Anyway, I’m going amuse myself (and possibly others) by giving a few highlights in this entry and some future ones.
As it happens, the earliest letter is also the most exciting, if you like tales of derring do. It’s from Lt. Daniel Butler of the Royal Navy, then aged 25, to his parents Daniel (a Margate solicitor) and Mary, my great*5 grandparents. The scene is the Seven Years' War...
Gibraltar, September 13th, 1756
Honoured Father and Mother,
I hope you and all the good family are well. On the 19th of July last we took a brig at Minorca; on the 21st, Mr John Foster and self, with 6 Hands went to take charge of her; on the 12th of August following we left, the Fleet being bound for Gibraltar; on the 25th, at 7 in the evening, were taken within 4 or 5 leagues of our Port by French privateer of 10 carriage guns, besides swivels and 40 Hands. They took our six men out and left us two to be carried into Malaga, and sent on board five of their men; they brought with them three scimitars: we had neither sword, cutlass, nor small arms of any kind of board. The wind was fair, so we laid our heads together in order to retake her (which answered). Our signal word was St. George, and we took the opportunity to surprise them. Putting about their scimitars, laid close by the tiller-head, the helmsman let go the helm when staying to tend the forebraces. We then secured the three scimitars, hove one overboard and fell on cutting and slivering them with their own weapons. They were fit for the purpose, being very sharp. They laid hold of handspikes, &c., but we soon made them drop them, and cry for quarter, which we gave them, and those that were able got up in the foreshrouds, and one in the forestaysail netting. It was about 8 in the morning we retook her and about 3 the same afternoon we got safe into Gibraltar and sent those desperately wounded to the Hospital. I should be glad to tell you the affair face to face. We have gained the applause of all here, and are going up shortly in the Experiment Ship of Ware to Sir Edward Hawke, and don’t doubt but he’ll do for us. So no more at present from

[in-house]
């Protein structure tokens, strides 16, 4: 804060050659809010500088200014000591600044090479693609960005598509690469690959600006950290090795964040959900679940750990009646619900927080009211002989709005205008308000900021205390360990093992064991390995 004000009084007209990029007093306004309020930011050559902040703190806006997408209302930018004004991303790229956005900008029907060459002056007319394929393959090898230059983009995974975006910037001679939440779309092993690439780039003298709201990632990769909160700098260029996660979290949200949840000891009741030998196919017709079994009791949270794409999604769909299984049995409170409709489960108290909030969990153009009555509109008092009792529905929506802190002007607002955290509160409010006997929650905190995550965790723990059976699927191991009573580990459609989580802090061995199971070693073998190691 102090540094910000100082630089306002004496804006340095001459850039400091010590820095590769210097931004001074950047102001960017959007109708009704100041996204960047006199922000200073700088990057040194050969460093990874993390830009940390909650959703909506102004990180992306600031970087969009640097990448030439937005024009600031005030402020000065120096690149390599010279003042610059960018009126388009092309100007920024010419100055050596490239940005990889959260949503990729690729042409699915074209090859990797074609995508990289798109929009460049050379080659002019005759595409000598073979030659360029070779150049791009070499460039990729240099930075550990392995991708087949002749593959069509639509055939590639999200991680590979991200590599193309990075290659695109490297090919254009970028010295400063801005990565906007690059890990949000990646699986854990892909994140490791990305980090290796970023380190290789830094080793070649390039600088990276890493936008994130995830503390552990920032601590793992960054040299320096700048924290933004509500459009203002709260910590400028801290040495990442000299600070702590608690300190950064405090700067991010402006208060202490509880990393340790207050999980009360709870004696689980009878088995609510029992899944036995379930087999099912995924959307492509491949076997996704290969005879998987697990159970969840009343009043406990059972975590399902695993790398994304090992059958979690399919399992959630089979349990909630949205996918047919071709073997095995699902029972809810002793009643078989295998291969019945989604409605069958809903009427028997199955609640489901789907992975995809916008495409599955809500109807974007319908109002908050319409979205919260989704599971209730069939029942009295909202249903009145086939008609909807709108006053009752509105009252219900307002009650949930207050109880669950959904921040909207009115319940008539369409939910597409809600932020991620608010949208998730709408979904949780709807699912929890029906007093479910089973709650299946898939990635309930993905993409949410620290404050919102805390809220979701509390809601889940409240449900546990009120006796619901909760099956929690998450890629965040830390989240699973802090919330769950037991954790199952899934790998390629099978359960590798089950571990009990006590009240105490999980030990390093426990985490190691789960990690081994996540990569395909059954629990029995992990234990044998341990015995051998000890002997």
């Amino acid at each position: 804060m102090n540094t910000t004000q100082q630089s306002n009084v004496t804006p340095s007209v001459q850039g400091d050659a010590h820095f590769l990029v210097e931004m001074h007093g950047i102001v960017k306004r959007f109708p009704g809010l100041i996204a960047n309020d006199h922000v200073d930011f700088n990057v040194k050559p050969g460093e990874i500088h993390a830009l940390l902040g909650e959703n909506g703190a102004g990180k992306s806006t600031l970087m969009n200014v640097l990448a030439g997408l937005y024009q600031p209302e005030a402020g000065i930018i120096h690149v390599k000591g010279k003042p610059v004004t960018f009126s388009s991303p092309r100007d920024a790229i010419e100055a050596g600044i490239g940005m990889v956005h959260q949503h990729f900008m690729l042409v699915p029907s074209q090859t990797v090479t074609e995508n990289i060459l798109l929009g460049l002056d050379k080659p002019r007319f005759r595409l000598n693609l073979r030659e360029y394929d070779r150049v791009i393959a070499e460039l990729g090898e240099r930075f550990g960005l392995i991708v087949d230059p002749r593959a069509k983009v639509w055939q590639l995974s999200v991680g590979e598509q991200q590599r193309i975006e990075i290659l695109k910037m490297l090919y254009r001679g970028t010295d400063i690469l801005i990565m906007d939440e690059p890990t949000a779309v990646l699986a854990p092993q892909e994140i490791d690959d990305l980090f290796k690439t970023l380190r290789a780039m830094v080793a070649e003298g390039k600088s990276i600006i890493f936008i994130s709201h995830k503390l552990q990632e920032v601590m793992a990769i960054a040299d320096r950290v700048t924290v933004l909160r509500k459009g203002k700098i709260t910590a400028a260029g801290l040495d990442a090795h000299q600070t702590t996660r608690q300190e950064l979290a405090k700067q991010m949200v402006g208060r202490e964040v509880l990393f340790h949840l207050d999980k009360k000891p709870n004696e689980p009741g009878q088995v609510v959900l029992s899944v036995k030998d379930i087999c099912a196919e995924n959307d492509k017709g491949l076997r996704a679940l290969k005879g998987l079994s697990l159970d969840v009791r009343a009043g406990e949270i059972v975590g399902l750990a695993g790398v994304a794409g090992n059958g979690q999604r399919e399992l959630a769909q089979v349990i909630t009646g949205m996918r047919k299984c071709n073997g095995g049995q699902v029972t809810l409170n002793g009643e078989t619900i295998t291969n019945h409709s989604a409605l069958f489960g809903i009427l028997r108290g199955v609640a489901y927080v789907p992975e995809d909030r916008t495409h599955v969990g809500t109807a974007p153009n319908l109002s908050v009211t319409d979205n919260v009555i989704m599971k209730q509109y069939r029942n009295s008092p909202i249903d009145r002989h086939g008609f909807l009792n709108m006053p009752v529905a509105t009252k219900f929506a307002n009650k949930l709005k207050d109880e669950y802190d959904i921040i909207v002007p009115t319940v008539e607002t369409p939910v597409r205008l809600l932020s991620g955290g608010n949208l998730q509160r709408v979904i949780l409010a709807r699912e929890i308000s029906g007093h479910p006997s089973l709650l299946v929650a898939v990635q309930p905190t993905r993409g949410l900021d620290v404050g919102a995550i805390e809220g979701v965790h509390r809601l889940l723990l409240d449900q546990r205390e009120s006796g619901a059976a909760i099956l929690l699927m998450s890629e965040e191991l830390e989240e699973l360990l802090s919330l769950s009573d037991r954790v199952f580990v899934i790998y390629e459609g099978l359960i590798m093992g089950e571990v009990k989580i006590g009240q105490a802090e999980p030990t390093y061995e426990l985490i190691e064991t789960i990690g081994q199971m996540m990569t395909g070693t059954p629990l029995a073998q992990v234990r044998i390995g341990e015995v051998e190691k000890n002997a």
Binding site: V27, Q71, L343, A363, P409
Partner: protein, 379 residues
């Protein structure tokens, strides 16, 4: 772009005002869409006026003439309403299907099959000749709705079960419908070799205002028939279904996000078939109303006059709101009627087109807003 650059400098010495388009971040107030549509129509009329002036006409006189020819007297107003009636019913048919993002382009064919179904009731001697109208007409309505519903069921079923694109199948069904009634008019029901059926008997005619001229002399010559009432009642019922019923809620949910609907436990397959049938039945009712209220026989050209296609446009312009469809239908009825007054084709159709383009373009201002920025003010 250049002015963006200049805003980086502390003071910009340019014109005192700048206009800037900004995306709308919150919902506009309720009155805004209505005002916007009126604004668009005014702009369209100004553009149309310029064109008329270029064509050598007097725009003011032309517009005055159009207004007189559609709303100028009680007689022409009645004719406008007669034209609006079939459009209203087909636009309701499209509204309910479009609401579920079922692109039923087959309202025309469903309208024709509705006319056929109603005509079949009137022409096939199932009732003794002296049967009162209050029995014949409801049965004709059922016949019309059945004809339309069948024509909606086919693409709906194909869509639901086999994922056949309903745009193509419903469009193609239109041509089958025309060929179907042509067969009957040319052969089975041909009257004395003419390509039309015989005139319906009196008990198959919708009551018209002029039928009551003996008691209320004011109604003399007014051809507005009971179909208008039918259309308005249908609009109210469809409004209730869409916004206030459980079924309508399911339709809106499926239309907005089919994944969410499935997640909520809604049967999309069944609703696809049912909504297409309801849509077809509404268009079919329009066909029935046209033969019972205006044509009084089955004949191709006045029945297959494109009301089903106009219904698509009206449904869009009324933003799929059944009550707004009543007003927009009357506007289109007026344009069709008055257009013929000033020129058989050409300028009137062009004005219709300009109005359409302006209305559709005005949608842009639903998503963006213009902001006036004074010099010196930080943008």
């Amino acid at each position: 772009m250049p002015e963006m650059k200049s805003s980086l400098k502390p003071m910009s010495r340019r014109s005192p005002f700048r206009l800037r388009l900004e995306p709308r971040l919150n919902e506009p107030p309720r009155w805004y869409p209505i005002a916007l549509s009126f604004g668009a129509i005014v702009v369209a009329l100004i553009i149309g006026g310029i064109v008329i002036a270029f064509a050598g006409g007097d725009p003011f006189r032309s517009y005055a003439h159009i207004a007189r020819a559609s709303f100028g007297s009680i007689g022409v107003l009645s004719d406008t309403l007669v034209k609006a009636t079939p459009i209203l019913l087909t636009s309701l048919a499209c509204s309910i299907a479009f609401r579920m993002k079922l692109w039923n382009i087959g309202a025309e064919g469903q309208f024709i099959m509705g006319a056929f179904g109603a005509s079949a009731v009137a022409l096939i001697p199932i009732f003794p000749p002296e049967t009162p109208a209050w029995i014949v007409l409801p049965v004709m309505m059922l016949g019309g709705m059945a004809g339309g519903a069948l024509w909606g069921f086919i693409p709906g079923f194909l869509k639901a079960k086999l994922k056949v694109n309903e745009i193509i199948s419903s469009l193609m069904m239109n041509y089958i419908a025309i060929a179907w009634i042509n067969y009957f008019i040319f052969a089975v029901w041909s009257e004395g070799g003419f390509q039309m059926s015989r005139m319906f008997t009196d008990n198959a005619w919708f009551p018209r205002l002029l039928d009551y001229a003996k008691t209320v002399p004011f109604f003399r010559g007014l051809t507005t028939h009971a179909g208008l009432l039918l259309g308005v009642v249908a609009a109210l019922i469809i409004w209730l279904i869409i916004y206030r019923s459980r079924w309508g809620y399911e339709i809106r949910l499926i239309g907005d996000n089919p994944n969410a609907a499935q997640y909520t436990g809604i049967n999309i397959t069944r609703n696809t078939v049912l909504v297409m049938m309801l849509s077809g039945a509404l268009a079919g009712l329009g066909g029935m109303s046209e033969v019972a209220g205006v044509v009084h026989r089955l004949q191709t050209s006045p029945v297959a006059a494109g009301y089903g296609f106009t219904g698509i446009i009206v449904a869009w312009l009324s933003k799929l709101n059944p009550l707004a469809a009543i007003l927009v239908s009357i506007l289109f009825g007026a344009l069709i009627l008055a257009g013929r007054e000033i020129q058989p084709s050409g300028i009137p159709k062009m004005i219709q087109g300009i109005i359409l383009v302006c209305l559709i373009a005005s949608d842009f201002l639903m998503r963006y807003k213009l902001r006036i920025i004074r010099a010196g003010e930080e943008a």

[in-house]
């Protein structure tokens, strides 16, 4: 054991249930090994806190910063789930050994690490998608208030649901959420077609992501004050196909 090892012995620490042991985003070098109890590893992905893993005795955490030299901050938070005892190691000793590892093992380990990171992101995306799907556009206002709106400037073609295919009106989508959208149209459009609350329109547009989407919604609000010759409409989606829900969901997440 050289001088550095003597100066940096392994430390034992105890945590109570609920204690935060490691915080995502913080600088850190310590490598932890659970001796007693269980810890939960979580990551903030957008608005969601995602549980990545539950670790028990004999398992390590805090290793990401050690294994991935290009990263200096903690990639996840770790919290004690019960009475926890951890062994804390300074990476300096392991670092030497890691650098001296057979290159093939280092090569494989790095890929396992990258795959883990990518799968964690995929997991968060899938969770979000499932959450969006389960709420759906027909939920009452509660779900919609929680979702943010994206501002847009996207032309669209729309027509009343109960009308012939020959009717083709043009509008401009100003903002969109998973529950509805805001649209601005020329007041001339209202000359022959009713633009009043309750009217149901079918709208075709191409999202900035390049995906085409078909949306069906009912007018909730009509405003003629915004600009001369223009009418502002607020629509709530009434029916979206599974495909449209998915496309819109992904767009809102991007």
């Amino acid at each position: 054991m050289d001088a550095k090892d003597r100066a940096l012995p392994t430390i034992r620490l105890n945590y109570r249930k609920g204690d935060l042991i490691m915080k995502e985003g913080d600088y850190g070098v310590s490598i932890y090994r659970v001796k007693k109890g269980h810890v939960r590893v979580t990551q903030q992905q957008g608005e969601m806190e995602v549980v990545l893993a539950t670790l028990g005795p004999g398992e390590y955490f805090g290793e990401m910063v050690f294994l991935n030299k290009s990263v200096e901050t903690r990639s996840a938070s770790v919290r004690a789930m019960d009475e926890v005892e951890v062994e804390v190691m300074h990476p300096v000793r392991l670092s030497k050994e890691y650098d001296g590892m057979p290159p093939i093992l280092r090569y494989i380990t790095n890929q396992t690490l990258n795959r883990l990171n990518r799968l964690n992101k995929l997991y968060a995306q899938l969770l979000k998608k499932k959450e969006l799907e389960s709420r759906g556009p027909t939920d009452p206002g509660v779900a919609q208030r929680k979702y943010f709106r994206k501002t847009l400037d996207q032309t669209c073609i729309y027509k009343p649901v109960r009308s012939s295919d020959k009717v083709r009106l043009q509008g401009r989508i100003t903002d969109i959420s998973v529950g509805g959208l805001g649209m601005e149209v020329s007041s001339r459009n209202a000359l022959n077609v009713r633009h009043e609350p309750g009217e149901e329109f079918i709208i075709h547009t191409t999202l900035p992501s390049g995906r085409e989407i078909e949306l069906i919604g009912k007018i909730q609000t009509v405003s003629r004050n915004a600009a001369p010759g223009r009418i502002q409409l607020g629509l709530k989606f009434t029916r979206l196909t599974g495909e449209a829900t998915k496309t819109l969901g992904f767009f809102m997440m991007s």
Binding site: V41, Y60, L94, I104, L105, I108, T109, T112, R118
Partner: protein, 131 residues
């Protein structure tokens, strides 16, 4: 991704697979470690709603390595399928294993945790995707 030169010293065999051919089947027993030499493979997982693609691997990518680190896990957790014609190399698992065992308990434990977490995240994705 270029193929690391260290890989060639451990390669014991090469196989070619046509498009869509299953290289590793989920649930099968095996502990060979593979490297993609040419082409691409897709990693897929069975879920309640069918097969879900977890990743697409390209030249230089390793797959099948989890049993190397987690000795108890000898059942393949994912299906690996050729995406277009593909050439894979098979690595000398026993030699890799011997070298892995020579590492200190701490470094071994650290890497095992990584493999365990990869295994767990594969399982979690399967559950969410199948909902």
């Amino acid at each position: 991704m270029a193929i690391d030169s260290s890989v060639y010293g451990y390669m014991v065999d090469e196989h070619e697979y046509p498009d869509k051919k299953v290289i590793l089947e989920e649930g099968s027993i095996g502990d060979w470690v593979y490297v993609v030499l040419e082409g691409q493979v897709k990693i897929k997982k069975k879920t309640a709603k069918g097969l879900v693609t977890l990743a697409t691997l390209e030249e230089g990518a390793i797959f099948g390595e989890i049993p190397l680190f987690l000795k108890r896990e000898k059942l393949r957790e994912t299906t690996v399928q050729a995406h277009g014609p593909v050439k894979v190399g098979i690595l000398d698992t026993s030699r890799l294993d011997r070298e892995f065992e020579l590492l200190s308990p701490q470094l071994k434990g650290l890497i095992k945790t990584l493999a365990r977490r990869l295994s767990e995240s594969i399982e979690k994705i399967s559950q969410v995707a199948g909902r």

Your dutiful son,
The family was then based around Rye and Margate, and the news from Gibraltar caused quite a stir. A letter from Daniel’s brother Richard to their father reports: “My dear brother Daniel’s letter is in everybody’s mouth here, and in short, his brave and gallant behaviour has so greatly inveigled him in their favours, that he is the topic of conversation; his health is often drunk in public company; and though to many people here he is an entire stranger, yet the whole neighbourhood heartily wish him a Command soon” (Rye, 14th December 1756).
Father Daniel perhaps worried a bit about his son’s spiritual health on this account, for a few days later on the 20th December he wrote to him, congratulating him and Foster as "two heroes", but adding: “It was a good scheme well laid, and as resolutely executed, as anybody could wish, no life being lost, for which I hope you’ve often given the glory to God; for His encouraging and strengthening you and your companion, and not taken it to yourselves, who could do nothing as of yourselves, for the gift was God’s and to Him be the praise, and I hope you’ve not prided yourselves thereon, but behaved like good Christians.” He does add, however, in a slightly more worldly way: “The Lords of the Admiralty will look upon this action and reward it, if the Admiral ha’nt, though I sincerely hope he has, and then you may be ready for something better, Mr. Hunter being one of the Lords of the Admiralty.”
I can’t offer anything quite as sanguinary or exciting for my next, but to be honest this episode is rather atypical Butler behaviour.